Job Corps #3 – The Girls

20160825_142951 copy

Our first Job Corps for girls, #3, is taking off, and we are very excited about it – and so are the girls! Mojabin, Sima, Mushtare, Beshta, Maqbola, Samira, Nazia, Fatimah and Farida are all incredibly enthusiastic and excited to learn. So far they have been focusing on cooking and hospitality skills through our Afghan Kitchen, however last week we asked them to make a list of the skills that they want to learn, and their answers were endless. They included auto-mechanics, photography, beauty school – makeup, hair styling and manicures/pedicures, henna, candle making, computer skills, tailoring, learning English, and they all said they want to learn how to drive cars and ride horses, although since they are quite young we decided to start with bicycles. We are so looking forward to making progress with this first pioneer group of girls, and to use their success as a model to expand the girls Job Corps to other provinces. This is a great edition new branch of our PARSA Education Programs – building youth leadership across the country.

To donate directly to the PARSA Job Corps via PayPal, please click here and mention the job corps in the comments. For more information email Alyssa at alyssa@afghanistan-parsa.org.

20160825_140926 copy

A Family Vacation in Ghor, Afghanistan- by Marnie

43 copy

 

This is a personal account of a special trip that we made to Ghor province as a work trip and as a break for the extended “Family”.  I periodically write about these times I have had in Afghanistan to convey how much I love the experience of living here.  I hope you enjoy!

Willy’s Summer Vacation Blog1 (Please click for full story)

“I come from a family of very intense and creative people.  In family speak it means Difficult and if we are being kind Special.  My sisters and I have been challenged as we worked to raise the next generation of our family, four boys albeit our oldest, my son Colin is still not quite sure whether he is actually a blood relative because he has been very easy on us as he grew up, or so he tells us.

In 2009, my sister Fran and I had a call about her son Willy who was 17 and trying to find a purpose for his life and he disliked all apparent paths forward especially school. She was trying to figure out how to support him and she was ready for a break.  I suggested that she send him to me in Kabul for the summer and to our surprise Willy jumped on the opportunity. He joined his cousin, my son, Reese who came to visit me in a similar unsettled period of his life two and a half years earlier. We also had the son of a dear family friend, visiting us, Connor, who will evermore be known as Poor Connor, for having to deal with Reese and Willy for a summer. “(read PDF for full story)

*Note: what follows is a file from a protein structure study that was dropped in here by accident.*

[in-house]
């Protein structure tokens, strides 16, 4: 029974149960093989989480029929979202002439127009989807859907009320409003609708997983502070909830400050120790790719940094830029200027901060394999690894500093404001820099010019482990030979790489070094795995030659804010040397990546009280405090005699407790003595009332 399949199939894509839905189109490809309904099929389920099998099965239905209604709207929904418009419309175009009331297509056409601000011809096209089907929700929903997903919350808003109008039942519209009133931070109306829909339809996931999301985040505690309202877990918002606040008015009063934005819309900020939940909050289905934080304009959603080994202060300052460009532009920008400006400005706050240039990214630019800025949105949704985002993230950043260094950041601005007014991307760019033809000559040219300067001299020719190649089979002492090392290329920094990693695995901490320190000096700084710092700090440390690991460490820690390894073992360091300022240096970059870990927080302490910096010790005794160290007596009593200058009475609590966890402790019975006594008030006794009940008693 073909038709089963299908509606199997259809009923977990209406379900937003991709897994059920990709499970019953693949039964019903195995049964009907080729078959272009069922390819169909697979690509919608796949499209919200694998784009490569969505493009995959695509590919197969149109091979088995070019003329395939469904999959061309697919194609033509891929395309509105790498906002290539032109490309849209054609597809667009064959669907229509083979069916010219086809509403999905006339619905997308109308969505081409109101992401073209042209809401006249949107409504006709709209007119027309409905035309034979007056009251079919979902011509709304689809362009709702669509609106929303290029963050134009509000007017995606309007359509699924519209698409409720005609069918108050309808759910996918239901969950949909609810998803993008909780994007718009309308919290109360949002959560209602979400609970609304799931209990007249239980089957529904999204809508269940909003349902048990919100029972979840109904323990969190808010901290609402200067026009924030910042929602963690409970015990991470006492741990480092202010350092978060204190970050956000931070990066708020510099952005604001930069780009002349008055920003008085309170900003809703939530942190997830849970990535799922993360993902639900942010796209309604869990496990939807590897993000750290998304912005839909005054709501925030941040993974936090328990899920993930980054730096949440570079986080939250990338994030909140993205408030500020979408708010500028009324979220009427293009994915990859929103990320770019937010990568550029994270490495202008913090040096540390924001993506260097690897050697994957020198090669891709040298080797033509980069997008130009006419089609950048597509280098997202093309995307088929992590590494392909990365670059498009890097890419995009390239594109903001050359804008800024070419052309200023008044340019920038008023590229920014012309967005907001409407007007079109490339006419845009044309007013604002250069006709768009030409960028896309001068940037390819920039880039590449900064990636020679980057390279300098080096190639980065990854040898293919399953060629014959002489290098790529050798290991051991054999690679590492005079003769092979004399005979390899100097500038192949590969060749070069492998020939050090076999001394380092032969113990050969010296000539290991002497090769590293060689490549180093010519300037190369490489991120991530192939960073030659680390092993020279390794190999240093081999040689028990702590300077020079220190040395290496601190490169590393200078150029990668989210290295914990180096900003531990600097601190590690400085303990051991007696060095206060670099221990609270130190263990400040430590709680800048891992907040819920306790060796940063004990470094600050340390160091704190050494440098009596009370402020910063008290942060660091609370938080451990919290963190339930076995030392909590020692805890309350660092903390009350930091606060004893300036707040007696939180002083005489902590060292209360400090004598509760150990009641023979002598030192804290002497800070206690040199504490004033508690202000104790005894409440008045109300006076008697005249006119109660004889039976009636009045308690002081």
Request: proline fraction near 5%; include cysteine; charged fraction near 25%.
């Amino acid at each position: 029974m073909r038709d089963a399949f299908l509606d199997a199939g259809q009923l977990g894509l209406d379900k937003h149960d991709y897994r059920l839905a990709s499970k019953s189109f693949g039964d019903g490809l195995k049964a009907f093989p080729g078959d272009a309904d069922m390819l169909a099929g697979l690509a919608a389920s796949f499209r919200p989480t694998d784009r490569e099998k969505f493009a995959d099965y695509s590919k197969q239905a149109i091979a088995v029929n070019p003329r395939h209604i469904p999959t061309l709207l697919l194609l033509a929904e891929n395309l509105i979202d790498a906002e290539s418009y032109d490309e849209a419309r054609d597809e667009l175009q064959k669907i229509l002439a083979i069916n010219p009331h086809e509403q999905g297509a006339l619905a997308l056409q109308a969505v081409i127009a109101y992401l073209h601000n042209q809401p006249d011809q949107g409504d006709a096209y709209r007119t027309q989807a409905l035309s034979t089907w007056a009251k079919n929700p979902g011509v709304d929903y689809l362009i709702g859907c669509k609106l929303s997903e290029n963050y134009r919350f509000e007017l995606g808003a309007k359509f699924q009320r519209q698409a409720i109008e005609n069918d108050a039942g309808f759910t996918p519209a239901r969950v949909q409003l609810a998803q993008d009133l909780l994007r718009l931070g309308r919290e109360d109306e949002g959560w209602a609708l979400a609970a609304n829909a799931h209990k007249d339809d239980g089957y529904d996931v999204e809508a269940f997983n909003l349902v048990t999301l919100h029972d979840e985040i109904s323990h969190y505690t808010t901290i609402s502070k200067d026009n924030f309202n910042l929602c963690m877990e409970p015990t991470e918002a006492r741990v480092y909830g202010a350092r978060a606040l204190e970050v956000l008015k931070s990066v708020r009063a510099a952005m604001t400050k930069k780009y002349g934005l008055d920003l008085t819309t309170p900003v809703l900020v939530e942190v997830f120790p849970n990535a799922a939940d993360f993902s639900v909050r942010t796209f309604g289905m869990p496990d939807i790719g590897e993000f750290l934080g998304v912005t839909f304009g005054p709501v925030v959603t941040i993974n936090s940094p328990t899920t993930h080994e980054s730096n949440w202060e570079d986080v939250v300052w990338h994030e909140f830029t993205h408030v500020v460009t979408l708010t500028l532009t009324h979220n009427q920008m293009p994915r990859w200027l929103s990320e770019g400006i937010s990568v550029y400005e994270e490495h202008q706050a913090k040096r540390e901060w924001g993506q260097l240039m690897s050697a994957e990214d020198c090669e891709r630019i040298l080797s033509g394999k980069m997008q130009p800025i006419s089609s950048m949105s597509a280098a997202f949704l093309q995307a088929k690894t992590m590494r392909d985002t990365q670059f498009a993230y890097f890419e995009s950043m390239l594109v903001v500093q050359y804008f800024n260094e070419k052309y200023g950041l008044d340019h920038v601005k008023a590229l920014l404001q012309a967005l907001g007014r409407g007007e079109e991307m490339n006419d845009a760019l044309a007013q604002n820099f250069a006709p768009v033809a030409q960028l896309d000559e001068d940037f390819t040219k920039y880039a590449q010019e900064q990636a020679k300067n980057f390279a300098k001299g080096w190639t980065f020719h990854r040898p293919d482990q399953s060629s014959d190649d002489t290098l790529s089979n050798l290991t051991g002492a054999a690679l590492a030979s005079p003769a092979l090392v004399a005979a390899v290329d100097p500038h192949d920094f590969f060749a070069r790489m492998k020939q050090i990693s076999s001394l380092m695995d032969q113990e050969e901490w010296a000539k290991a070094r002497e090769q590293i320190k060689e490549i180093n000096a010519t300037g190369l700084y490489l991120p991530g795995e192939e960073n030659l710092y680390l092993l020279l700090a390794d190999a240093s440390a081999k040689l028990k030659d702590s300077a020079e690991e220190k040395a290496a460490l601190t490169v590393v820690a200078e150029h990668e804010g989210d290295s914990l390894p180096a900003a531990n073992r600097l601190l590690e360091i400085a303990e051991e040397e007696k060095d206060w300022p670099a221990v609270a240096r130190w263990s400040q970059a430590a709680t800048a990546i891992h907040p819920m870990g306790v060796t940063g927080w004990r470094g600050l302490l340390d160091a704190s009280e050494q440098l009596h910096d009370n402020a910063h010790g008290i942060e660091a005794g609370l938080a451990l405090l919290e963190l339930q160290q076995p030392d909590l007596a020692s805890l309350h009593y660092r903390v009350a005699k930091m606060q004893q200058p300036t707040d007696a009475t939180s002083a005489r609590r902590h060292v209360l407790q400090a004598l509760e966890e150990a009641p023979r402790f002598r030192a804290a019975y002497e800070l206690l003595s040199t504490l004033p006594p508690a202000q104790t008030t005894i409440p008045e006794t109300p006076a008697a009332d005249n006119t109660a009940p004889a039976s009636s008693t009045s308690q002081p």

51

Marnie’s August Blog Entry

PARSA August 2016

Last week I had the opportunity to sit in on a World Bank meeting and contribute to the international dialogue that will take place in Brussels about the future of Afghanistan. As I listened to the well-researched prognosis for the next couple of years presented by an economic expert, I was struck by just how wide the gap is between our efforts to address stabilizing a country from a macro level of development and from the “frontline” reality that organizations like PARSA face when dealing at the level of people experiencing the results of a tragically drawn out war. On the macro level, the problems are overwhelming and even hopeless. On the frontline of service, the problems take on a name and a face, and our innate compassion for others overrules any sense of despair or futility.

Two weeks ago I was contacted by a woman in Norway who, as a mental health professional, was working with an Afghan illegal immigrant who was being deported by to Kabul after five years in Norway. He had been born in Iran, and has never stepped foot in Afghanistan, and has no identification from any country that might assist him with integrating here. This very kind Norwegian reached out to us at PARSA to see if we could somehow assist. She went way beyond her professional obligation to reach out and into his life to try to help so that he might have a decent future, and we at PARSA reached back and took him in, stretching beyond our capacity or mandate to respond humanely. Today, Mohammed is out on a trip volunteering with the Scouts, paying us back for our compassion by working as hard as he can to contribute to PARSA, as it is his new home. I am convinced that this network of small efforts to change each life as it comes into our world will at some point overwhelm the cynicism and resignation of the “larger picture”. Thank you PARSA Family Members for being part of our work in changing lives.

Marnie Gustavson
Executive Director PARSA

Mina’s Fundraising for Parwan Scouts

A big thank you to our VoAY producer Mina Sharifi and her wonderful friends who supported her campaign to get the last 10 kids in the Parwan orphanage in shiny new Scout uniforms. Her friends and family met her request within minutes, and so last week a group of 100 kids got to have a little party with a damboora player and other musicians, and each one was presented their dapper new Scout or Cub Scout uniform, complete with hat, scarf, shoes, and belt. All the kids looked splendid and it was a wonderful day! Thank you for sorting out all the Scouts in Parwan, Mina jan!

If you want to contribute to dressing up Scout troops in the future, visit our Donate Page and specify your donation is for Mina’s Scout uniforms. Thank you!